crayfish are sometimes eaten by fish, but fish will not eat the rusty crayfish
the food diversity for fish is also down. They also contribute to the spread of other invasive such as Curly-leaf Pondweed and Eurasian Milfoil as they slice these prolific plants up thus allowing new infestations to occur or exacerbating the current infestions.
A rusty crayfish can be identified by its robust claws and
by the dark rusty spots on the back of its shell. These spots can be large or
small depending on the age of the crayfish. If you are unsure of whether it is a rusty
crayfish contact your local DNR or fishery so that they can assist you in accurate identification.
The largest problem of killing rusty crayfish is that any
chemical that kills them also kills native crayfish. The only sure way to kill
them is to trap them and select which are rusty and kill those while letting
the natives go free.
GreatLakes.net and netnewsledger
Spiny Water Flea
Spiny Water Flea is an aquatic invasive that is devastating our lakes and rivers. The water flea was introduced from ship ballast water and possibly as resting eggs from mud. These little critters range from ¼ to 5/8 inch long, and have a long needle like tail with little spines along it. The fleas thrive in deep, cold lakes which can be found across the Midwest. Populations are most abundant in late summer into autumn.
Why is it Invasive?
Spiny Water Fleas eat small zooplankton, including Daphnia, which is part of a diet for many young native fish. They may even cause the small decline or elimination of some species of native zooplankton, which in turn competes directly with small baitfish and may increase algal blooms as zooplankton that feed on algae are eliminated. Small fish have difficulties eating Spiny Water Fleas due to the large spiny tail, although larger fish can eat them, the spiny tails often stick in their digestive tract, eventually killing the fish. Anglers also have had troubles with Spiny Water Fleas getting on their tackle, clogging eyelets on fishing poles and attaching themselves to fish gill slits and ultimately choking the fish.
education about spiny waterflea is probably one of the most important roles of
control, not only for the flea but also for every invasive aquatic or
terrestrial. By education, we mean how to properly inspect equipment and then
effectively cleaning the equipment to help prevent the spread from lake to
lake. As of now, there are no known chemical control methods at this time. However,
a high tech method is out there using electron beam irradiation that has
For more information:
Yellow floating heart was introduced as an ornamental
plant for water gardens from eastern Asia. It is capable of prolific
reproduction through seeds, stems, or broken off leaves with part of a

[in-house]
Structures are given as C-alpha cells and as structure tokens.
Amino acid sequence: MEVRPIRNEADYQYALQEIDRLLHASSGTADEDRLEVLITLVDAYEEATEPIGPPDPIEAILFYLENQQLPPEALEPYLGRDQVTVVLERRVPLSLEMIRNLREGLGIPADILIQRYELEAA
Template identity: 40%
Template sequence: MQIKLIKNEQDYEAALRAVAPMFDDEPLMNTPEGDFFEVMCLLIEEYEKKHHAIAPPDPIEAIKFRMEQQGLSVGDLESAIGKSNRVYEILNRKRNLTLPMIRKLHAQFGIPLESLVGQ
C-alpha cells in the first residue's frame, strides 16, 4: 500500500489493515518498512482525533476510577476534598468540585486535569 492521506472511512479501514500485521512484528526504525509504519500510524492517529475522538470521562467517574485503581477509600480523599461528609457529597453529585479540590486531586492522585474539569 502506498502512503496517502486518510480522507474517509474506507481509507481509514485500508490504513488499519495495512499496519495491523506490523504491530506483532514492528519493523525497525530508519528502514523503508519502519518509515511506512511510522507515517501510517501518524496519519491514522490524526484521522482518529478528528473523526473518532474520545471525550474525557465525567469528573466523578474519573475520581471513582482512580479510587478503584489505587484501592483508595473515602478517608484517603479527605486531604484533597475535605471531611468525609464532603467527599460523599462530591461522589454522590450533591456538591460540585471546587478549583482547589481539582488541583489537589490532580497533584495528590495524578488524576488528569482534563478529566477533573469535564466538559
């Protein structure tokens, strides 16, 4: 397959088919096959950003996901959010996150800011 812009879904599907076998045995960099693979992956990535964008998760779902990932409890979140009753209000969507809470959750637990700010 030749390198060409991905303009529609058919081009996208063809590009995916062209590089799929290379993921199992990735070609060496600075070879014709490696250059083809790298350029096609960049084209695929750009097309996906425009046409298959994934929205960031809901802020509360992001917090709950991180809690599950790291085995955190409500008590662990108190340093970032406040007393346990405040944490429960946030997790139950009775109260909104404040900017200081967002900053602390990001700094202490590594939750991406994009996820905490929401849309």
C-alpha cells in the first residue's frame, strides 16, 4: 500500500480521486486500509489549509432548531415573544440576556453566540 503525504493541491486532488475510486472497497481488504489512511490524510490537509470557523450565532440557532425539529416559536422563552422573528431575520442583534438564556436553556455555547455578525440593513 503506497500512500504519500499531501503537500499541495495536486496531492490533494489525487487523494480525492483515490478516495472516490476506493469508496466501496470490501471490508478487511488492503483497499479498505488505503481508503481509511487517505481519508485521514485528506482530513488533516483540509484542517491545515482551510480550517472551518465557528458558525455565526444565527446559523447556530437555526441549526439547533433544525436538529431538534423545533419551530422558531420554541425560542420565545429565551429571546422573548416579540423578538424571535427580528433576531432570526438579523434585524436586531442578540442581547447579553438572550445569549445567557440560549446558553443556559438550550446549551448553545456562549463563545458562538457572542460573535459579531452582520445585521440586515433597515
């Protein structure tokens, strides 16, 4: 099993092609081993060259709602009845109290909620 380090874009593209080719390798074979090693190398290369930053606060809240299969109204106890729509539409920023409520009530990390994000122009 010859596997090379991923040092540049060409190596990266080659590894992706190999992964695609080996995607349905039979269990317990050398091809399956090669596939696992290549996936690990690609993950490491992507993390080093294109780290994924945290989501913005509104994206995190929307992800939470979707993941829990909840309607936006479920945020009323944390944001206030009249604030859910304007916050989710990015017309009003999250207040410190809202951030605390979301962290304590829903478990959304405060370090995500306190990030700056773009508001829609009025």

stem attached, making control of the plant difficult. A single plant is
capable of producing over 100 new plants in 12 weeks. Yellow floating
heart can displace native species, decrease lake biodiversity, decrease
water quality, inhibit recreational activities, and reduce aesthetic
Yellow floating heart has small,
circular, heart-shaped leaves that float at the water’s surface. The
leaf edges are wavy and scalloped. The flowers grow on a stalk that
“floats” above the water’s surface and the five petals are distinctly
fringed. Yellow floating heart grows in lakes, slow moving rivers,
reservoirs, ponds, and in damp mud or wetlands. It grows in depths less than 10 feet.
Yellow floating heart is listed as Prohibited in the state of Wisconsin under NR 40 Invasive Species Rule banning the transport, possession, transfer and introduction. Similar native species include spatterdock and watershield. Spatterdock has larger leaves and cup-shaped flowers. Watershield has football-shaped leaves that often have a slimy underside and small purple flowers.
If you find yellow floating heart in any of WRISC’s counties please contact us at (906)774-1550x102 or firstname.lastname@example.org. Yellow floating heart has been found in lakes and ponds in Forest and Marinette counties. For more information about yellow floating heart click here.
Zebra Mussel (Dreissena polymorpha)*
Zebra Mussels are native to Eastern Europe and Western Russia. They were brought over to North America by attaching themselves to the ballasts of freighters. By 1980 zebra mussels were found in all of the Great Lakes. Then they found their way into the Mississippi River. This lead to the spread of the mussels throughout the midwest and southern states.
Why is it invasive?
It is invasive because they attach themselves to hard surfaces and produce millions of offspring annually. The mussels are hazardous to people because the clump together to cause mechanical issues. They are also a problem because they are sharp and cut the feet of people who step on them. The zebra mussels cloud over rocks on the bottom of the lake and can prevent any other life from happening.
They have a D shaped shell and usually have dark and light colored stripes. They look like tiny clams. They can be up to two inches long but are usually under one inch.
They can be found on the bottom of an algae filled lake. They grow in clusters next to each other. They can also be found of docks or boat hulls. What you can do to prevent the spread is to clean of your boat of any plants or other things. You can also report any sightings to the DNR.
For more information:
Minnesota DNR and SeaGrant Minnesota